I attended the Montreal event in 2013 and will be participating in the one in 4th World Parkinson Congress 2016. I invite you to do the same. You will not be disappointed.
Personally, the 3rd World Congress was a changing experience. What made it generative was its combination of high caliber workshops, cultural events, sessions to relax and renew, as well as the ample occasions for face to face interactions with other participant. In my case, these experiences, as they accumulated, coalesced into new insights which expanded and intensified my work as PD advocate.
- I recall entering the Convention Hall. My wife and care partner accompanied me. Hundreds of people from sixty plus nations seized our attention: Persons with Parkinson’s (PwP’s), care partners, physicians, scientists, policy-makers, health professionals. Everyone sharing the same goal, how to best cope, care or cure PD. Their conversations were clearly animated. The air was festive. “Wow, this is indeed a global community”, I commented. “Yes”, my wife added, “ and, we are in it. It is our community.”
- As we scanned the hall, our attention shifted and rested on the PwP’s, folks who “walked funny”, like me. Those who struggled with poor balance, unsteady gait; shuffled, froze, relied on canes, trekking poles, and wheel chairs or were assisted by their partners. Many of them we could recognize from seeing them early in the streets and congress hotels. We noticed a shift. Outside the congress hall, their walking had impressed us as labored, unsure. Here in the hall, amidst hundred of other PwP’s with similar movement disorders they seemed to ambulate with greater confidence and even pride. My own body confirmed this shift. I noticed that I too displaced with greater ease, lack of self-consciousness, embarrassment or shame. It was as if the presence of so many others like me normalized my world and empowered me. I too began to walk with pride.
- In one of the excellent sessions the presenter noted that PD was an emotionally and socially isolating disease. The assertion was not out of the ordinary. I had heard it before, but this time it resonated. I wanted to hear more. And I did. During one lunch break, by sheer serendipity, I met a fellow person with Parkinson’s. He was a in his early 70’s. He had been diagnosed with PD only six months earlier. We talked about our predominant symptoms. He disclosed that, secondary to PD, he struggled with excessive salivation, he drooled, which, in public, caused him great embarrassment and shame. He coped by avoiding situations where he had to eat or speak in public. He realized he was socially isolating and understood its consequences. Just the same, he asserted he would rather endure social isolation than tolerate social humiliation.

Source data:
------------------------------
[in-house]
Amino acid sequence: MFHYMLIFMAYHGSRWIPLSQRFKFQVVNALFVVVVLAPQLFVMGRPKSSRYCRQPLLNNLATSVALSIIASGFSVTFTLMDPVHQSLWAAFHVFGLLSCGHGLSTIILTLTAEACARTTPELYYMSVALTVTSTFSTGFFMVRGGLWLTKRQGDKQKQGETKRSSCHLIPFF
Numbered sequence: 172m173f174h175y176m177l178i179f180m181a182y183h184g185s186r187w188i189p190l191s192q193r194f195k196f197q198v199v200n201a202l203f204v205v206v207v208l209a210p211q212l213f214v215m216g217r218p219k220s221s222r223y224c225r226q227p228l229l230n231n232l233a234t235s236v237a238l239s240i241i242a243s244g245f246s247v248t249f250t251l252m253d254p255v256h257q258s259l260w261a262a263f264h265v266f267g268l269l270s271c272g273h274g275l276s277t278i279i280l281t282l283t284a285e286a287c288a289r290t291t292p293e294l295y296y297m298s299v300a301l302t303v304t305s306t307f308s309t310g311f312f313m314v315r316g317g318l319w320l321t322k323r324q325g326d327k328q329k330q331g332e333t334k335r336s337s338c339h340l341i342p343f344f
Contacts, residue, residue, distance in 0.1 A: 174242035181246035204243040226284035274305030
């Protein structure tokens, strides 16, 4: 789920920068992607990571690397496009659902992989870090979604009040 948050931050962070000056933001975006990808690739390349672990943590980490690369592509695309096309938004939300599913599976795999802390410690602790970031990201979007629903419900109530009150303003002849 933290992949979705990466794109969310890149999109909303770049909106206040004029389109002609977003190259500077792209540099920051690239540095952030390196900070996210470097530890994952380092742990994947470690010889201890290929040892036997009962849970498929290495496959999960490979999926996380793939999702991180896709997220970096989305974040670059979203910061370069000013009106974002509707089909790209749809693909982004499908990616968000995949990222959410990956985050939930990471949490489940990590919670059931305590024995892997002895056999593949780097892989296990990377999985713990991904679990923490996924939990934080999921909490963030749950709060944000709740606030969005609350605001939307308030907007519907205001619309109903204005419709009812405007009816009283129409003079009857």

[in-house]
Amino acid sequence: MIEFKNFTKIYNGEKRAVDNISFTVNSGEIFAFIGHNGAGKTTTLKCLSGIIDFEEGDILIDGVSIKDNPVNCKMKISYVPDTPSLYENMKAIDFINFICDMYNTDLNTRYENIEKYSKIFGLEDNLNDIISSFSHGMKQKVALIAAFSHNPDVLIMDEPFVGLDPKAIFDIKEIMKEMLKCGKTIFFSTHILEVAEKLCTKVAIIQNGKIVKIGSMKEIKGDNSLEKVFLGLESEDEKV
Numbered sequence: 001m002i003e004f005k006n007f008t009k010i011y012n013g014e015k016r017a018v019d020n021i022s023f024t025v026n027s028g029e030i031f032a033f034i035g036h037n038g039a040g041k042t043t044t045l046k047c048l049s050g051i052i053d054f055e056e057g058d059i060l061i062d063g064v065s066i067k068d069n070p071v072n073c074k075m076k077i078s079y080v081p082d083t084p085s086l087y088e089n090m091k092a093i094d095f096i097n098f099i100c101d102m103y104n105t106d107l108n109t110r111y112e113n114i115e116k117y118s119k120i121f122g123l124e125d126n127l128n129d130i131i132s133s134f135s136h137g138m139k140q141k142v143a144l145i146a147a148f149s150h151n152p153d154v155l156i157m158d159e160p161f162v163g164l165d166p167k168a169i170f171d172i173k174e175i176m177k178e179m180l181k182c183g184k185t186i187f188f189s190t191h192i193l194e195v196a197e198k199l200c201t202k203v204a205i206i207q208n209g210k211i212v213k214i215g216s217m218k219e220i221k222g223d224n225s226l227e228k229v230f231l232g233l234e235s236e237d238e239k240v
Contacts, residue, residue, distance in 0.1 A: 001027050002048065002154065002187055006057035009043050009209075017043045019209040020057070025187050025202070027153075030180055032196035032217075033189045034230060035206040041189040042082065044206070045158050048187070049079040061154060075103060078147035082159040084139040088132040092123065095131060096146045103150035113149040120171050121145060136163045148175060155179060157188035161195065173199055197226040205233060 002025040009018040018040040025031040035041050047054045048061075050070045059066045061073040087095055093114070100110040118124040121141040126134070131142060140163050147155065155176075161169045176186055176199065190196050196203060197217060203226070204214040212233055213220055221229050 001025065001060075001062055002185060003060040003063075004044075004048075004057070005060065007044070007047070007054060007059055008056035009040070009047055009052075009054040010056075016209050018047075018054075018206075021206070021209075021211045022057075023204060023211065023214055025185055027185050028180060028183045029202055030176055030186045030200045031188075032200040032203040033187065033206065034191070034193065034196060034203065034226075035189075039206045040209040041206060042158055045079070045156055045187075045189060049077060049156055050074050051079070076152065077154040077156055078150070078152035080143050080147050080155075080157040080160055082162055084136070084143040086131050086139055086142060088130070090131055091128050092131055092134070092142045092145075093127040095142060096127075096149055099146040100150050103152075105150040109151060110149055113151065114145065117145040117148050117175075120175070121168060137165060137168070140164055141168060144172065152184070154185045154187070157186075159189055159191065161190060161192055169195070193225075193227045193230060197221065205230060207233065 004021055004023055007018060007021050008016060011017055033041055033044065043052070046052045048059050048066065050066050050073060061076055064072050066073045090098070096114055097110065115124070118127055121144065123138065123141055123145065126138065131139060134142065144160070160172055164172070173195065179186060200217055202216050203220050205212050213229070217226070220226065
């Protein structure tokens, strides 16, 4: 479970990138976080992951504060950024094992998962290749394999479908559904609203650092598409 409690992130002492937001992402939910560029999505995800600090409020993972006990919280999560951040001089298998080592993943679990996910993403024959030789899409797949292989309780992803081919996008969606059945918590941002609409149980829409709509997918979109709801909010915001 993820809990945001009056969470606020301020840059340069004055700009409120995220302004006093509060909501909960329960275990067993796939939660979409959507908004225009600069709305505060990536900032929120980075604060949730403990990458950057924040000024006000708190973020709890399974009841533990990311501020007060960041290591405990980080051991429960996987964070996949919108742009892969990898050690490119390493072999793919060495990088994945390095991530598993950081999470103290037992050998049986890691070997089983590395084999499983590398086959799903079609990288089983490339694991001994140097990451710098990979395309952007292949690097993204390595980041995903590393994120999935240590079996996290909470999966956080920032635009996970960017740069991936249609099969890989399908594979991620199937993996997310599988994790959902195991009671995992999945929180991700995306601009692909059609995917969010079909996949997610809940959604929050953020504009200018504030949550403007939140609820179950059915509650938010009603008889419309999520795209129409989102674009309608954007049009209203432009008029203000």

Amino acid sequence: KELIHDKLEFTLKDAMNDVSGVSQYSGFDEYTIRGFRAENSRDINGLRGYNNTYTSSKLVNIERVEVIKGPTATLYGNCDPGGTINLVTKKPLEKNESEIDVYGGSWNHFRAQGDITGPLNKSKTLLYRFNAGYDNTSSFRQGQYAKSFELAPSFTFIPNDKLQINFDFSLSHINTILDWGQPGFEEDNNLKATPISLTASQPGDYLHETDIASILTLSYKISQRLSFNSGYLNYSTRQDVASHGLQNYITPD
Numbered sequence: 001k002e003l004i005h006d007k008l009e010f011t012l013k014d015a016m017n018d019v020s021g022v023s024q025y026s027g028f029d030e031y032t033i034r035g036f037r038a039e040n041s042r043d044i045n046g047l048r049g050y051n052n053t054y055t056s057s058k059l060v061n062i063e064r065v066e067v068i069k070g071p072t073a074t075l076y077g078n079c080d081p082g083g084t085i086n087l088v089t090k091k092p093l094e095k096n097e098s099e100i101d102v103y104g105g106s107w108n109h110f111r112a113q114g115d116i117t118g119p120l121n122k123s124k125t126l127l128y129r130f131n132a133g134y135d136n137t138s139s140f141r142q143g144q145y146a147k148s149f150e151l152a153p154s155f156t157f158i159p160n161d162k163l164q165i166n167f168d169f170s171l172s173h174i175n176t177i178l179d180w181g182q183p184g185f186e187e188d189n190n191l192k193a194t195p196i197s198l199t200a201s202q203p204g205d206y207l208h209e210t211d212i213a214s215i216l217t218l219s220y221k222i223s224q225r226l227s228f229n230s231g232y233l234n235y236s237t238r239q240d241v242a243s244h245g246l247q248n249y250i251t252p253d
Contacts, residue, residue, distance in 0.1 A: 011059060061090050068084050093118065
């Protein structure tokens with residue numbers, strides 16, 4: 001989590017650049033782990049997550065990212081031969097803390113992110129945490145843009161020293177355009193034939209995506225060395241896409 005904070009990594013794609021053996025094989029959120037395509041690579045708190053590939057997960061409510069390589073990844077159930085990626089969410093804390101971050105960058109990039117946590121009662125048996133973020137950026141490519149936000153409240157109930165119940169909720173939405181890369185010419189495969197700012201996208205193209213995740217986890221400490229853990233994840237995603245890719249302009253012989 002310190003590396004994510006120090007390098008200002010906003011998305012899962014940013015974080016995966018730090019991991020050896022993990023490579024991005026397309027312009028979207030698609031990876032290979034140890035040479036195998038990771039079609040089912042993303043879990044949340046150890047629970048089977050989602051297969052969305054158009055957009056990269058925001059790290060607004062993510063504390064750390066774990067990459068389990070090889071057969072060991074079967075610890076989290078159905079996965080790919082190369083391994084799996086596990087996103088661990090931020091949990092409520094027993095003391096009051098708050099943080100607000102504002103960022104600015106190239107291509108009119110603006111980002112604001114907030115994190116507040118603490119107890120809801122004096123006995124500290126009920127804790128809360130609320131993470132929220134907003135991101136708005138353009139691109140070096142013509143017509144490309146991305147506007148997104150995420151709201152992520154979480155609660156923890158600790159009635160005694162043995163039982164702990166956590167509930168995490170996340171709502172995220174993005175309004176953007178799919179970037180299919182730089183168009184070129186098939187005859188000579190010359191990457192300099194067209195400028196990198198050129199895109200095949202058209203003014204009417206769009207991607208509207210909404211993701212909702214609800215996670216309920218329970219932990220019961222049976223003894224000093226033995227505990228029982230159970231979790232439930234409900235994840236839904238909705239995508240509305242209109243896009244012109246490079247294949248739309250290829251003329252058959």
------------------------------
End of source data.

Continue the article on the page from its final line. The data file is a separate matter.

- My interests in PD related anxiety, in non-motor symptoms, peaked. I spoke to other PWP’s attending the congress (and later to others back in my town) and inquired about their experiences. They named several symptoms and social situations with the potential to embarrass and open the door to social and emotional isolation: excessive salivation and drooling, spilling food on account of tremors, unsteady gait, fumbling attempts to get money or credit cards out of a wallet at the check out line… the list went on. These experiences were deemed to be common but that folks did not talk about it because, ironically, it was embarrassing to talk about one’s embarrassment. Further, professionals appeared to neglect the topic as well.
The congress ended. Participants deemed it a thunderous success. I came back home no longer self-conscious about my gait or body posture but energized, unburdened and determined to deepen and expand my involvement in the PD community.
I dedicated more time and effort to blogging, focusing on issues, whether neglected or not, that impacted the quality of life and subjective wellbeing of PwP’s and their care partners. I already wrote, (in Spanish), for a PD newsletter that circulates in the US and in Latin America. I accepted an invitation by NWPF to write (in English) for their newsletter, an assignment I continue to do. I posted blogs on PD related embarrassment and shame, gratitude, care partnering, hope, spousal relationships, resilience, achieving goals and objectives, positive and negative emotions, pillars of wellbeing and other topics. I spoke to support groups and presented at symposia.
Succinctly stated, the 3rd World Parkinson’s Congress in 2013 not only informed my work as a person living with PD and as an advocate in the PD community, it transformed it!
I look forward to the 4th World Congress in Portland in September 2016! I hope you do too.
This post was originally published by its proprietor, the Northwest Parkinson’s Disease Foundation. It is reproduced here with their permission.